What's Hot -- and What's Not


What's Hot -- and What's Not

The managers of the top-performing Julius Baer International Equity funds are bullish on the dollar and Eastern Europe and bearish on commodities and U.S. stocks.

You don't top your peers every year for the past dozen years by adhering to conventional thinking. That, at least, is the reasoning of Rudolph-Riad Younes, co-manager of the remarkable Julius Baer International Equity A fund (symbol BJBIX).

Younes (pronounced YOU-ness) has more original ideas -- and they're ideas that run counter to the consensus -- than any other manager I can name. What's equally interesting is the fund's profound conservatism. No matter how strong their conviction, the managers rarely put more than 2% of the fund's assets into a single stock. Nor do they make big currency or sector bets. Instead, they make a lot of small wagers -- they typically own 500 to 600 stocks-most of which have paid off.

Their ideas are intriguing. Start with commodities. Do you think that commodity prices have risen largely because of sizzling economic growth in developing markets, such as China and India? Not so, says Younes, who contends that commodities rise when interest rates are lower than nominal growth in global domestic product -- in other words, when monetary policy is too easy. That encourages companies and individuals to buy and build too much, pushing up demand for commodities. "We've studied the numbers from 1970 through 2006," he says. "The correlation is too good to be true."

With global GDP growth in decline, and interest rates rising, particularly in emerging markets, Younes concludes that the bull market in commodities is complete, or nearly so. He predicts a 30% to 35% tumble in commodity prices -- which would imply a $70- to $80-a-barrel price for oil (compared with $108 on September 2). Consequently, Younes and co-manager Richard Pell now have about 3 percentage points less in commodities than the most popular foreign-stock index -- after holding plus-size stakes in commodities for years. Why such a small wager against commodities? "Nobody's perfect," Younes says.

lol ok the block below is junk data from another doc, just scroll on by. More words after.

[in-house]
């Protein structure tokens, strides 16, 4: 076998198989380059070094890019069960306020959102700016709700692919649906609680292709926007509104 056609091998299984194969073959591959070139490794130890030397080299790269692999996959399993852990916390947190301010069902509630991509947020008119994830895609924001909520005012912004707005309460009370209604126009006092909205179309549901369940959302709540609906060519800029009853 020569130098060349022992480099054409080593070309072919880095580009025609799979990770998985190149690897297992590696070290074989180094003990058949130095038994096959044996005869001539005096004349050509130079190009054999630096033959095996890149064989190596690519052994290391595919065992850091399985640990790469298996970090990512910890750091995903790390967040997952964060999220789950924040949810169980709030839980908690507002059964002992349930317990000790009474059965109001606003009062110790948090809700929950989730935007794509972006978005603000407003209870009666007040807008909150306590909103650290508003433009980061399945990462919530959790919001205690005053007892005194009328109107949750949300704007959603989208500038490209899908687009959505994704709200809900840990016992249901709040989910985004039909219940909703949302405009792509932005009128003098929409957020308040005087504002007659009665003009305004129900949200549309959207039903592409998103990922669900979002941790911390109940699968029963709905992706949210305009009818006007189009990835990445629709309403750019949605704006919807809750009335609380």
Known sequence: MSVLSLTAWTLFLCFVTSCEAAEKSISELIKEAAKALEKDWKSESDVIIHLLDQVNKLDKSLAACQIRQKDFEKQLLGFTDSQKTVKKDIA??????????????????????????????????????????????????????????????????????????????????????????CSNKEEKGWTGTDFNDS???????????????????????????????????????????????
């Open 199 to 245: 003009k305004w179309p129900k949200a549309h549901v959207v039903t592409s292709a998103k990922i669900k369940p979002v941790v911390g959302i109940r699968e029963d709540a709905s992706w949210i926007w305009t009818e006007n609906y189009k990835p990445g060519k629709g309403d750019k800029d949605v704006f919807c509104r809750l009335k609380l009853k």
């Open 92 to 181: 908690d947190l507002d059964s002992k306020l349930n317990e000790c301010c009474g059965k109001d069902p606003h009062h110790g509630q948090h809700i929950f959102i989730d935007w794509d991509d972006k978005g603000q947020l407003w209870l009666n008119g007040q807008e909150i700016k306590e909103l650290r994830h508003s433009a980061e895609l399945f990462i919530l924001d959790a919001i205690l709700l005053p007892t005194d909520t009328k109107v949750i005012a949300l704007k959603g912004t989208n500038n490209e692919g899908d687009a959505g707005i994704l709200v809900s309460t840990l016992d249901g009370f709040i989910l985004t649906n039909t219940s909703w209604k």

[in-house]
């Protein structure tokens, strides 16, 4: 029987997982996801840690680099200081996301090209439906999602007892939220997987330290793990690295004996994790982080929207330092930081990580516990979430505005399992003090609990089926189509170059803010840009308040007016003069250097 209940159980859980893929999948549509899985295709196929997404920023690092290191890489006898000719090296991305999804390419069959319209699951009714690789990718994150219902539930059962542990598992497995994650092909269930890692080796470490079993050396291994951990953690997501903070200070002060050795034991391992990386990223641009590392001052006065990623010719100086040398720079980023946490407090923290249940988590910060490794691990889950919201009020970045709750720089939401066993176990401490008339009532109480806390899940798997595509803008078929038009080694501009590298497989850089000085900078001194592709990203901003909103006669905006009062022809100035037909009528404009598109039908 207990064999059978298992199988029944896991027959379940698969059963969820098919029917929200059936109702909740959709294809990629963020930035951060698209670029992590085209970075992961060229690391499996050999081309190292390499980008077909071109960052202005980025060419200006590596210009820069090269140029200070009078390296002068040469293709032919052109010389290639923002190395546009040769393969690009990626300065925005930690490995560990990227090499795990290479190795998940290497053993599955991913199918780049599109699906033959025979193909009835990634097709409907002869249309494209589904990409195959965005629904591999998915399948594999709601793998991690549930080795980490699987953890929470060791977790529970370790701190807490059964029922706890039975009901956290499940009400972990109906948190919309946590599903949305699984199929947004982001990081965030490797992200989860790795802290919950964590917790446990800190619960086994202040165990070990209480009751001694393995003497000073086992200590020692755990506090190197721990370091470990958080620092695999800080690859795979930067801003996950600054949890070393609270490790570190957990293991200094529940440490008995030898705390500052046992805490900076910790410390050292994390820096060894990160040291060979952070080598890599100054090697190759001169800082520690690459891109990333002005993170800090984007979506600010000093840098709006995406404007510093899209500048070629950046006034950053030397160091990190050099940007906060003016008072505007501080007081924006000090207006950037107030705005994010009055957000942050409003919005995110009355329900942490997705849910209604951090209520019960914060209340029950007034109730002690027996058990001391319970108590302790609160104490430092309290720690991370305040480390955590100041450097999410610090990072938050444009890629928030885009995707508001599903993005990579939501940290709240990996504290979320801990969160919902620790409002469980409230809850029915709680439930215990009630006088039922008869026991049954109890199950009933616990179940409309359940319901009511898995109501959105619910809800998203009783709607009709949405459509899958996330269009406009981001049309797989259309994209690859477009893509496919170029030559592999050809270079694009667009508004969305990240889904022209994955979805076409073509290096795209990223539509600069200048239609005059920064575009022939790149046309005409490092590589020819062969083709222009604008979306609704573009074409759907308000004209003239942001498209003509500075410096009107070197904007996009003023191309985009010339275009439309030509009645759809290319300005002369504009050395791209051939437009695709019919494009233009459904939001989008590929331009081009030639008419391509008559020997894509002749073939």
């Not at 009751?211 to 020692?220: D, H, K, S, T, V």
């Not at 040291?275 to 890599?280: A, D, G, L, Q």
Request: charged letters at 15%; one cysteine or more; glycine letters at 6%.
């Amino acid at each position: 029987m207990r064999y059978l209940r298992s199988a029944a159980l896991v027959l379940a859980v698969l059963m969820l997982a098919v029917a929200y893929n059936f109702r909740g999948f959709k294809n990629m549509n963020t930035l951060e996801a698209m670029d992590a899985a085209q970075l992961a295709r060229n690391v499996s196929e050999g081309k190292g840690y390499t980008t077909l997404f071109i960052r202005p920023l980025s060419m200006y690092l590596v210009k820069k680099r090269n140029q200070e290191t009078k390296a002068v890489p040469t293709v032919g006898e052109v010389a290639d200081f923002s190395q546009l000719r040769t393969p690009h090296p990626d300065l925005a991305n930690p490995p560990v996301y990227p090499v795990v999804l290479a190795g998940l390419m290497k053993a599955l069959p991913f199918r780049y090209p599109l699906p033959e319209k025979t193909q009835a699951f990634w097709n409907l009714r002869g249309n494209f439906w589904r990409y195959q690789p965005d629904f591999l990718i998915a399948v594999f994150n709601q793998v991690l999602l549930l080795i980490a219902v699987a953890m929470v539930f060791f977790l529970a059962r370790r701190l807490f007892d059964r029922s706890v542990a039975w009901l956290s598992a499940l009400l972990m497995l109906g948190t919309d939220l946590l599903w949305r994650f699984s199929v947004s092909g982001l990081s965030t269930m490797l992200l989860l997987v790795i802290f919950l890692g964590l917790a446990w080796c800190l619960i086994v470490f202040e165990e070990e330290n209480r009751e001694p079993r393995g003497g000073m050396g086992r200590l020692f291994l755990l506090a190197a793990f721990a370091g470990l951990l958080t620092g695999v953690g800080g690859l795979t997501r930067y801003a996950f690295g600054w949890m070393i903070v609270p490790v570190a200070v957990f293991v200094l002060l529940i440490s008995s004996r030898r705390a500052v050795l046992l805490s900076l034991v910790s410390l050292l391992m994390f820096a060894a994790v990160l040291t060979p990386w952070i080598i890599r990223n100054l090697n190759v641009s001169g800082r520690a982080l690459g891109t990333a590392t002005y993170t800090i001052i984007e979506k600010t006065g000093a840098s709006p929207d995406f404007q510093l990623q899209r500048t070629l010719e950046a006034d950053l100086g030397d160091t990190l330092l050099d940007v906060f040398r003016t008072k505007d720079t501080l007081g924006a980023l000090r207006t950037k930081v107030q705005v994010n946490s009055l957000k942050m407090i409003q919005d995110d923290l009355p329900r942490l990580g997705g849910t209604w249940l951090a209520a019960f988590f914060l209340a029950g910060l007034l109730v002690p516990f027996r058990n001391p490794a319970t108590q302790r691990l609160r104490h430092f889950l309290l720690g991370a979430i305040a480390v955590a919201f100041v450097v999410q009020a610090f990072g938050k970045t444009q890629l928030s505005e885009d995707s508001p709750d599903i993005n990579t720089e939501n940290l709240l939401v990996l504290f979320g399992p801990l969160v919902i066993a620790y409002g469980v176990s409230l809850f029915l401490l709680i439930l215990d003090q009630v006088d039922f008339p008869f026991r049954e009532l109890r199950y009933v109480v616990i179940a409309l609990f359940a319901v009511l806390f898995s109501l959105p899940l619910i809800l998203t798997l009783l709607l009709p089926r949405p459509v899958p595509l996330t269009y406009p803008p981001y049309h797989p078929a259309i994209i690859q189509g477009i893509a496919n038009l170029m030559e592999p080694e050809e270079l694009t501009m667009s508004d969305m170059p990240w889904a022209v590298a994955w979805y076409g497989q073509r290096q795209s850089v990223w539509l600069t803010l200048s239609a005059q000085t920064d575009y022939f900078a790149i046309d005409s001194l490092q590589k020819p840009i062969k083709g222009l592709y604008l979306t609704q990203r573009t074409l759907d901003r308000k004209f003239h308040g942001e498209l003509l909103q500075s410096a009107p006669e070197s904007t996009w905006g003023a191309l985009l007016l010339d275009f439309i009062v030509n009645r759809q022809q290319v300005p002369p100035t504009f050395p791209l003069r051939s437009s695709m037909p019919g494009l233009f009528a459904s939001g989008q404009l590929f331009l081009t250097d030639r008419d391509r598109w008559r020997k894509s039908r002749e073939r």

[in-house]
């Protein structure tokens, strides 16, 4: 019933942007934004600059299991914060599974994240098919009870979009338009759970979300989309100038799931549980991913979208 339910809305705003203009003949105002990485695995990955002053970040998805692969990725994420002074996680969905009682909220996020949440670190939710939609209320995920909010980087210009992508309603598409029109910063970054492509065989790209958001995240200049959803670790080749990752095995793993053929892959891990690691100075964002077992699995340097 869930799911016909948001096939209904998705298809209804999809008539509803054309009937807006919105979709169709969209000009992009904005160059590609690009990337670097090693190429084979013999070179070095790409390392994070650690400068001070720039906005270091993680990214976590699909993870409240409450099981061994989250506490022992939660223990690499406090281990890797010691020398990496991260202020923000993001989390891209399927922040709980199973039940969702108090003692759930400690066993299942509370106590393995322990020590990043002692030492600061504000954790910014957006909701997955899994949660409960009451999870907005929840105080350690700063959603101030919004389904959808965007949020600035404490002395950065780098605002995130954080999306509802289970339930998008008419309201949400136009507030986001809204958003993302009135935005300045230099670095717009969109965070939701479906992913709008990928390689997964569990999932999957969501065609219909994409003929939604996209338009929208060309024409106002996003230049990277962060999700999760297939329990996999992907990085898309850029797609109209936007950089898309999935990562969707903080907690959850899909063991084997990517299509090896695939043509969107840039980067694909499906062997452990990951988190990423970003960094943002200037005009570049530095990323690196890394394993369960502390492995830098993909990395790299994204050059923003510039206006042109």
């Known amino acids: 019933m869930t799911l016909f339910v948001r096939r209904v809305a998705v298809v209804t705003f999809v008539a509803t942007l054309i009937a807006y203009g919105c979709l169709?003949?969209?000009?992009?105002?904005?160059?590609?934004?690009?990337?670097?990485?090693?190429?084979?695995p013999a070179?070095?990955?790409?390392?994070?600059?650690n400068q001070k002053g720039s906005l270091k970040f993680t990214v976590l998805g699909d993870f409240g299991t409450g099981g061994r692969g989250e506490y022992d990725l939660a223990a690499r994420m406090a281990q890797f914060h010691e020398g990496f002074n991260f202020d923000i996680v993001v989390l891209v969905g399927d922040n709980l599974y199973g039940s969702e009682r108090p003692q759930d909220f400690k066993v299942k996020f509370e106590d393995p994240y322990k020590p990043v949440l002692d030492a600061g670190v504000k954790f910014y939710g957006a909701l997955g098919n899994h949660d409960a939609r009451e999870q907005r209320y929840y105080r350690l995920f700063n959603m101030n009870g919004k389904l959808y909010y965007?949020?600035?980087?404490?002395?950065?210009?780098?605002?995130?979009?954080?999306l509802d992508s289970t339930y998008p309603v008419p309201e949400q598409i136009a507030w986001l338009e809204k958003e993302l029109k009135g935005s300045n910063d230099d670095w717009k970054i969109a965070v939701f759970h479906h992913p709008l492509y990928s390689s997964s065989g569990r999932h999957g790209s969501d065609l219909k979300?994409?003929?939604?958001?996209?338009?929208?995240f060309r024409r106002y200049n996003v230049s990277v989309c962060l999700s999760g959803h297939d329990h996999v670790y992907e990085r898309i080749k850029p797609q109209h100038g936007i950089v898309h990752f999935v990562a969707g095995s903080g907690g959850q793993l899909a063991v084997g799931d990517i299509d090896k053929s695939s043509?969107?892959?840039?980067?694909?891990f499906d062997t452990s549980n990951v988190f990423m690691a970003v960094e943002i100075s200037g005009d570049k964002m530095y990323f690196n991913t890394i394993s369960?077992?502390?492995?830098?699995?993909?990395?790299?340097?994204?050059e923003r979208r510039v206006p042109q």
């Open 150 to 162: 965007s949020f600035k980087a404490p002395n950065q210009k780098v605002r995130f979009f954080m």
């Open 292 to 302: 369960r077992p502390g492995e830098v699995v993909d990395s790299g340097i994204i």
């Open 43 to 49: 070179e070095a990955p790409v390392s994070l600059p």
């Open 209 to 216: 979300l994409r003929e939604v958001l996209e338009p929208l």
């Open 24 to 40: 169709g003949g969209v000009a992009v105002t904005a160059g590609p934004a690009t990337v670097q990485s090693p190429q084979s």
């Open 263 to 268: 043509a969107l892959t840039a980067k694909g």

Younes is bearish on the U.S. stock market over the next three to five years. He doubts it will move more than 20% in either direction. His reasoning: Profit margins of U.S. companies are unusually large -- a product, Younes says, of accounting gimmicks and too much borrowing. He thinks margins will revert to their long-term mean. In another small bet, Julius Baer International Equity A is 9% to 10% in cash; typically, less than 5% of the fund is in cash.

That fund is closed to new investors, but Julius Baer International Equity II A (JETAX) is open. The only difference between the two funds is that Equity II doesn't own some of the small stocks that the closed fund does. Equity II is a member of the Kiplinger 25.

The long-term record of Equity A (to which I'll refer in the remainder of this column) is superb. While it has lost 19% this year through August 29, trailing the MSCI EAFE index of non-U.S. stocks by two percentage points, it has gained an annualized 13% over the past ten years, putting it in the top 2% among foreign large-company blend funds -- that is, overseas funds that pursue both growth and value stocks. Add the eye-popping consistency, and you have a winner.